Think back to this time last year when Netflix changed the history of Christmas films by releasing one of the worst yet most compelling Christmas films in recent years. For an entire month, the internet became obsessed with A Christmas Prince and, when news came of a sequel, everyone was excited to continue the story. What nobody was ready for was the increased volume of original Christmas films to come out of the streaming service. Each trailer I saw was worse than the last and, if I’m honest, my excitement to watch them was only increasing. As we know, I love a Christmas film and a cheesy and obvious Christmas film is even better. I have decided to only review Netflix films for December and I decided to start with a doozy. A film that was essentially The Lizzie McGuire Movie meets A Christmas Prince? Starring Vanessa Hugdens sporting a terrible British accent? Who wouldn’t be desperate to see that?
Mark Twain’s The Prince and the Pauper was first published in 1881 and I’m sure if he were alive in 2018 he’d love to see the life-swap idea being put to such good use. There’s no denying that films have made good use of the conceit over the years with a variety of results. Netflix’s latest gets a Christmas twist as Vanessa Hudgens takes on the duel role of a Chicago baker and the Duchess of a fake European country. We first meet her as Stacy DeNovo, owner of a small bakery who gets accepted to compete in a huge baking competition in Belgravia. She is joined by her best friend and business partner, Kevin (Nick Sagar) and his daughter, Olivia (Alexa Adeosun). During their trip, Stacy bumps into the British accented Margaret Delacourt, Duchess of Montenaro. Margaret is set to marry the Prince of Belgravia (Sam Palladio) but is suffering from cold feet. In Stacy, she sees her only chance to experience what it is to lead a “normal” life outside of the spotlight. So, the pair decide to swap lives for a couple of days. What could go wrong?
Well, even anyone who hasn’t gone through a life-swap narrative before will be able to guess where this is going. Stacy and Margaret are polar opposites: one a control freak who wants to plan every detail of her life and the other just wants to have some fun for a change. Stacy, obviously, starts to connect with Prince Edward (Sam Palladio) when she discovers he’s also a lover of the itinerary. At the same time, Margaret finds herself falling for Kevin. How ever will the two of them work this out? I don’t know. I’m not a mathematician.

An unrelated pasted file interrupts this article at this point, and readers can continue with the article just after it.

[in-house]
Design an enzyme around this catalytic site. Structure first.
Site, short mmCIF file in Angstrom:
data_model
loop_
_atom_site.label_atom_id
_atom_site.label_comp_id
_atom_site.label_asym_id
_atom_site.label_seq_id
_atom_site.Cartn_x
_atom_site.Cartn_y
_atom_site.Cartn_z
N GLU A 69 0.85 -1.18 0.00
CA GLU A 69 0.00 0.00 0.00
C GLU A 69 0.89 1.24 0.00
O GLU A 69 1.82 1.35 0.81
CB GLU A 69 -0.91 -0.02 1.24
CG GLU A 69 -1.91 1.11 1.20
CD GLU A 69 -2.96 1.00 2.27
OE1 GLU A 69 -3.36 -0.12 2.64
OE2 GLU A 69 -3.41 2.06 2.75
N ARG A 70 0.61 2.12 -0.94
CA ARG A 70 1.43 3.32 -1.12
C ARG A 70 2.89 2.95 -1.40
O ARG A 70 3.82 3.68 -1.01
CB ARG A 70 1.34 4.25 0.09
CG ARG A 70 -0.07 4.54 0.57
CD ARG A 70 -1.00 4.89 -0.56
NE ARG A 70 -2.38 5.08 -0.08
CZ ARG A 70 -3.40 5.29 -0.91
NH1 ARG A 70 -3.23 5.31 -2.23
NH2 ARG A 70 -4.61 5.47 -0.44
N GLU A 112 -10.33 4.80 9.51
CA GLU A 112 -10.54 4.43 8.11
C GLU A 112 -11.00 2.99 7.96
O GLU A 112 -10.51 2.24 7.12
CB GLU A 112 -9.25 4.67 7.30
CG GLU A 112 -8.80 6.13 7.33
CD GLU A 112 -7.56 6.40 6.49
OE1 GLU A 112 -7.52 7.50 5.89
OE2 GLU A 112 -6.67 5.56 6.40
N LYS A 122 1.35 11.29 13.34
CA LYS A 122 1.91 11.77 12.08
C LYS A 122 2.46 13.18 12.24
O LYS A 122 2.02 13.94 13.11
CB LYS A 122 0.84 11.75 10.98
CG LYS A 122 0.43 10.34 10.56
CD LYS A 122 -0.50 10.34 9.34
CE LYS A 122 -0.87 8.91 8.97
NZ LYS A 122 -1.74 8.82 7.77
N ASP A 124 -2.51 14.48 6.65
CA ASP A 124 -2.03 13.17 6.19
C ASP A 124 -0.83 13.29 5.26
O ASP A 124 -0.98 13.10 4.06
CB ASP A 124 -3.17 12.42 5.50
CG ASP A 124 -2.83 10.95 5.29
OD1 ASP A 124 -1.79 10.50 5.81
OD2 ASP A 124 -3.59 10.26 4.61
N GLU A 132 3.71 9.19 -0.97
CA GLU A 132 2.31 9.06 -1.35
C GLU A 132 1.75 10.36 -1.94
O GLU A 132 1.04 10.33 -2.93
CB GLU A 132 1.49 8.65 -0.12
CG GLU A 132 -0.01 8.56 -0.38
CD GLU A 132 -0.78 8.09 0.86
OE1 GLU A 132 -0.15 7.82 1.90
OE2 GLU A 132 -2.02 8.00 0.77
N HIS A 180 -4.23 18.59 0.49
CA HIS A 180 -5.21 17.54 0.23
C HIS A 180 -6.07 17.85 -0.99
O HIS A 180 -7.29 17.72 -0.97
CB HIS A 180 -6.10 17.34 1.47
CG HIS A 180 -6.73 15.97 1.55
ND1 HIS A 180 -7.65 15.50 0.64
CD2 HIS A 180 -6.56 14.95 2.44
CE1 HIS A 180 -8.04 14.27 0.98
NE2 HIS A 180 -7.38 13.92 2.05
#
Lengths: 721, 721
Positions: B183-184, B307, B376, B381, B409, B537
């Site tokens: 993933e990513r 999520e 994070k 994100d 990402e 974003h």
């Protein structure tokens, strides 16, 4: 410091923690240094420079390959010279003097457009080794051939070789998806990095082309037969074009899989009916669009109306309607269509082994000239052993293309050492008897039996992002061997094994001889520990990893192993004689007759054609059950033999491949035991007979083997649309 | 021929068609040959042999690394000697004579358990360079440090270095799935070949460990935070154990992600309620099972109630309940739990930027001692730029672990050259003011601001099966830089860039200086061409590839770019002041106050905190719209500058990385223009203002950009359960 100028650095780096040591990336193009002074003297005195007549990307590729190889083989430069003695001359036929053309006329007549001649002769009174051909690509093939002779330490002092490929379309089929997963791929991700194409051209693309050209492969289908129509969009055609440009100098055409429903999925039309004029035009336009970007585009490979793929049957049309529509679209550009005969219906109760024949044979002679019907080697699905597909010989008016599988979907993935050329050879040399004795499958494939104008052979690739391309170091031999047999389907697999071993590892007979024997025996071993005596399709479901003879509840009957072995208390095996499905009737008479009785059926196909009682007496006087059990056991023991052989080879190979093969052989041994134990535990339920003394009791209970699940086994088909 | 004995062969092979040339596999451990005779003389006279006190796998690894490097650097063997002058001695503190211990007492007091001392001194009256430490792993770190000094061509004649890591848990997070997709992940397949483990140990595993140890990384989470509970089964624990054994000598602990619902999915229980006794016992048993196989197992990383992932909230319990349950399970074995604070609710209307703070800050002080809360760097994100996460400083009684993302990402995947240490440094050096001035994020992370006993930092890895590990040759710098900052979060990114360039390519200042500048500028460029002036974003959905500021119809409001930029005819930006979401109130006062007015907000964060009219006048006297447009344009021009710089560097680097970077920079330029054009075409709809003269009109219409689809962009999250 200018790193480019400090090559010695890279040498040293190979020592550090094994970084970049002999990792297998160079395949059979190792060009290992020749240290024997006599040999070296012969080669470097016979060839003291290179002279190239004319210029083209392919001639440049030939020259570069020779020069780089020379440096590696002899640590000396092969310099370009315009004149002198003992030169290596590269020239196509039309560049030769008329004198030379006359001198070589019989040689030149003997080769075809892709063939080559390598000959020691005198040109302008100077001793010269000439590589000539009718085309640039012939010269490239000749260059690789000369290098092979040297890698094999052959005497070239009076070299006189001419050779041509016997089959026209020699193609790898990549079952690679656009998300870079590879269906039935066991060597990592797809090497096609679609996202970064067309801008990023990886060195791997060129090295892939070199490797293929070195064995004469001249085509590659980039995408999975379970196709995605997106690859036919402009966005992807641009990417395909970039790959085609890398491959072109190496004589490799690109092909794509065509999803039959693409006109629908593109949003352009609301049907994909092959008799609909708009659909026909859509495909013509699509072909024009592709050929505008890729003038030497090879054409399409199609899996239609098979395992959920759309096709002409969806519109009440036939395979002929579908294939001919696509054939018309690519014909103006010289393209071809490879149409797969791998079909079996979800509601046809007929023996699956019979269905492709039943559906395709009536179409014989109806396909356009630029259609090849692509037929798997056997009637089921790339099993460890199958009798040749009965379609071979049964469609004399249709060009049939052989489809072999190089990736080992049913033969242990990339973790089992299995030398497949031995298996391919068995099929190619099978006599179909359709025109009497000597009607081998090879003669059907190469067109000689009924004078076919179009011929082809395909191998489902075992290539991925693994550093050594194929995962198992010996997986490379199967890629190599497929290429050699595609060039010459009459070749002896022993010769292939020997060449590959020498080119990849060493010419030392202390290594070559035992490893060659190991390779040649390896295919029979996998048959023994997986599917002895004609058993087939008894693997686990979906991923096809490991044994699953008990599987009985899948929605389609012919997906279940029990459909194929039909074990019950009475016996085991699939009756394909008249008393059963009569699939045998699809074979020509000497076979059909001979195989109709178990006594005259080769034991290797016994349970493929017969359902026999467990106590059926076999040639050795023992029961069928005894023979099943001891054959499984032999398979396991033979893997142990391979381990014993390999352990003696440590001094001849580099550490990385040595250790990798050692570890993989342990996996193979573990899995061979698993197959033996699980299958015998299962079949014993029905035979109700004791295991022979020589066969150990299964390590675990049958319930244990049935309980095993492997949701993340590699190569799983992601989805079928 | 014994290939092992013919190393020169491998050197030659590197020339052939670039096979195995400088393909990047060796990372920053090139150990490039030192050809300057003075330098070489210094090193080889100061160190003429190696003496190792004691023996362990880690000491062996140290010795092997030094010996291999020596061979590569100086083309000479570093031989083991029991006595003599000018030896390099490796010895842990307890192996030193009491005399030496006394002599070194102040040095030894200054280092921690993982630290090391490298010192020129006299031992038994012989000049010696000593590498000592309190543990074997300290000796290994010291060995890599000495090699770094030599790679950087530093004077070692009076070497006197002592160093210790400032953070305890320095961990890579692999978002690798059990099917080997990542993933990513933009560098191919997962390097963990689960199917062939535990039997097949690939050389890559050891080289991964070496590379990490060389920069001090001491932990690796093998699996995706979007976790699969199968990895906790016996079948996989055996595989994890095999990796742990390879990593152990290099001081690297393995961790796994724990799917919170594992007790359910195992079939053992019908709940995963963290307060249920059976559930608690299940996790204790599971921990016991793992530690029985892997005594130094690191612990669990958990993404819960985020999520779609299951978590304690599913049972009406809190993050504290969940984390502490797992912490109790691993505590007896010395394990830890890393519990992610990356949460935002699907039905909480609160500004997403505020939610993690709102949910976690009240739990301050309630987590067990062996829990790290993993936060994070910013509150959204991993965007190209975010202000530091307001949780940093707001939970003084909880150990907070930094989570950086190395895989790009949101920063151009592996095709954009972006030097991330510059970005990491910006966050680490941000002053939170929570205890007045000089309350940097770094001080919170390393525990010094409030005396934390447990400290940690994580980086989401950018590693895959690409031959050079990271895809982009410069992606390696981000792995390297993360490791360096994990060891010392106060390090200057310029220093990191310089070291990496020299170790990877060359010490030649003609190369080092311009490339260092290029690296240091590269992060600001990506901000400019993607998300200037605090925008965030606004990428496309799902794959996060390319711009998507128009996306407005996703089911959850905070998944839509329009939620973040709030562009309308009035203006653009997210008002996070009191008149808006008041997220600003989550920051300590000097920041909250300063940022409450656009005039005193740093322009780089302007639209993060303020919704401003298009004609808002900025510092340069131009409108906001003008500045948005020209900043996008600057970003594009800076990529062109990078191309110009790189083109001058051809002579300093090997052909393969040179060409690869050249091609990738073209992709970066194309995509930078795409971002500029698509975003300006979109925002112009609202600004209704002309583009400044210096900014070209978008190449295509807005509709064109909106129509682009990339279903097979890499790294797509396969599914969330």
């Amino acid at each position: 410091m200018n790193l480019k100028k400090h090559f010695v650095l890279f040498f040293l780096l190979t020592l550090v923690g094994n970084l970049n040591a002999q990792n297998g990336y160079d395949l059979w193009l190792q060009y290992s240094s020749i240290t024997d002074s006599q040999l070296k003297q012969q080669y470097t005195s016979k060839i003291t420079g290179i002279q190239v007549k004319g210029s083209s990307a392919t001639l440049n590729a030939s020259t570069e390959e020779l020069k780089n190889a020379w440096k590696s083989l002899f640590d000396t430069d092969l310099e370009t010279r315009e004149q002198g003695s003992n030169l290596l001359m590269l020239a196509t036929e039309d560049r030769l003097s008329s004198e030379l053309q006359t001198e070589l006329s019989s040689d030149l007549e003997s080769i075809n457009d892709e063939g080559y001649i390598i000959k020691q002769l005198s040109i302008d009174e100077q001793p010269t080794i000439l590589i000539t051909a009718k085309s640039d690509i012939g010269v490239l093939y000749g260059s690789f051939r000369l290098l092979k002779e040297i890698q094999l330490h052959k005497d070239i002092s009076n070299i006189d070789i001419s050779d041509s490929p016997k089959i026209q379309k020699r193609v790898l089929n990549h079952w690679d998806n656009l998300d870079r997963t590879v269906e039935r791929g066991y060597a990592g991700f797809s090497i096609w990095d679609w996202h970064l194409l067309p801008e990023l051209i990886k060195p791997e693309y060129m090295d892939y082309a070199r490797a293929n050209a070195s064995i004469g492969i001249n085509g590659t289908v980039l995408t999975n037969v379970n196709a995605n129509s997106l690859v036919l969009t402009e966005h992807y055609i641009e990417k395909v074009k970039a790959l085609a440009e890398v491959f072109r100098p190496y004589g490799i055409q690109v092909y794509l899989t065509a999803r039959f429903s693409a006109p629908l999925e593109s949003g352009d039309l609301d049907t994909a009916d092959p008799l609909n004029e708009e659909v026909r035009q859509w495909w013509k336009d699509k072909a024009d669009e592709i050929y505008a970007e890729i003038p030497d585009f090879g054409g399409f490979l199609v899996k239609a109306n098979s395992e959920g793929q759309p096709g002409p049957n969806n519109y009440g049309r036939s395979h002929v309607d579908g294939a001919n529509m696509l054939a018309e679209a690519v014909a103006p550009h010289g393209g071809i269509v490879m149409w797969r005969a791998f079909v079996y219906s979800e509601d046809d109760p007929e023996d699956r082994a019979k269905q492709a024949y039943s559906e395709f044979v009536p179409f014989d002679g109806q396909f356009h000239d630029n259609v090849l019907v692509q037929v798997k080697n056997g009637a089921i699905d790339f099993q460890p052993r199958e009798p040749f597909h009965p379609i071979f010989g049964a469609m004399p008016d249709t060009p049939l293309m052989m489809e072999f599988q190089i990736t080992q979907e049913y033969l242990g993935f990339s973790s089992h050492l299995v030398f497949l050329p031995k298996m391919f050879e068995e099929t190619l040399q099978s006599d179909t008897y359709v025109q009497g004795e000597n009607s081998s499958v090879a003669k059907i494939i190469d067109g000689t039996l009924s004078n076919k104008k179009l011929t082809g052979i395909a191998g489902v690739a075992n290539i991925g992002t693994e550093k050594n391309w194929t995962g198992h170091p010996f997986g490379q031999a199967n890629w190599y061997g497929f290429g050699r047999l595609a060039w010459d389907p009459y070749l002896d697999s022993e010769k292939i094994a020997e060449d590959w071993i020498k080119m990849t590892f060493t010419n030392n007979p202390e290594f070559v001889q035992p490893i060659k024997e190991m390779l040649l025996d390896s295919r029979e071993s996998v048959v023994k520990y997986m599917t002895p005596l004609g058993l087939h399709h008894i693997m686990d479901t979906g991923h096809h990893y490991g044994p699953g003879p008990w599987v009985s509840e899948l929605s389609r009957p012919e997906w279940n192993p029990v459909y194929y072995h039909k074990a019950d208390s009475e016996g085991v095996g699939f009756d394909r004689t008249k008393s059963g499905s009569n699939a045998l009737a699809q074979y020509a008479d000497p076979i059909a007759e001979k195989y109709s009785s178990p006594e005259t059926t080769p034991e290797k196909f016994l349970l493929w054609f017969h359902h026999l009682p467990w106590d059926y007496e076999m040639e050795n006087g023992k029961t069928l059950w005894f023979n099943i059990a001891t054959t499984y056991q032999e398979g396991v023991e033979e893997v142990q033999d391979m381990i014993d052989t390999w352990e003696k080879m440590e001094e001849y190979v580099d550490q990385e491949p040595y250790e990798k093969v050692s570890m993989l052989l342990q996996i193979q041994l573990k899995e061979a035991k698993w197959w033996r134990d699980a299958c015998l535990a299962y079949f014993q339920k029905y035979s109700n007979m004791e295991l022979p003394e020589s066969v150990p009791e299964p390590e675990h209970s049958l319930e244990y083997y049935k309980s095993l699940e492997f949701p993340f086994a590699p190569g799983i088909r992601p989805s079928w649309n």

So, it’s safe to say that The Princess Switch is as predictable as any other swapping film. You know from the start where we’re going with this and you just have to sit back and wait for it to happen. Yes, the whole thing is quite sweet but there is neither enough originality or humour to really make this different. And because of that you can’t help but pick holes in the whole thing. For example, how nobody notices that the Duchess has suddenly forgotten all royal protocol and gives more of a shit about changing everything up. Or why Kevin, who has been more than happy being Stacy’s friend for years, suddenly starts to reciprocate Margaret’s feelings despite believing she’s his childhood friend. Or the fact that the whole baking competition subplot if stupid an unnecessary. The film is super short as it is so you can tell how flimsy the plot is based on how many extra stories there are going on.
Is Vanessa Hudgens charming in her duel roles? Yes. Is her British accent super grating and annoying? Yes! Everything about this film is dreadful and obvious. It’s lowest common denominator and is so simplistic its sad. She has some chemistry with Sagar but her scenes with Palladio are super boring. Just like in The Christmas Prince before it, you just don’t feel that these two are destined to be great lovers. They’re just two people who fall in love based on geography and convenience. Then there’s the fact that the whole thing gets a bit Midsummer Nights Dream thanks to the mysterious old man who appears to be pulling everyone’s strings. It’s just assumed that we’ll accept that he’s a magical, matchmaking Christmas elf or whatever but it’s never explained enough.
The Princess Switch isn’t the worst film ever but it suffers from a small budget and a lack of care. It never really portrays the glamour of the Royal fairy-tale that it’s trying to sell. It’s all kind of underwhelming and normal. The cakes on display at he baking competition are not only clearly made of cardboard but they’re really badly decorated. And I swear that certain scenes were lifted straight out of A Christmas Prince and had Hudgens CGI’d into them. Speaking of A Christmas Prince, my all time favourite film scene of the year has to be the time Kevin sits down with Stacy to watch her favourite film and we’re treated to some shots of their popular Christmas film to remind us all it exists… as if we could ever forget.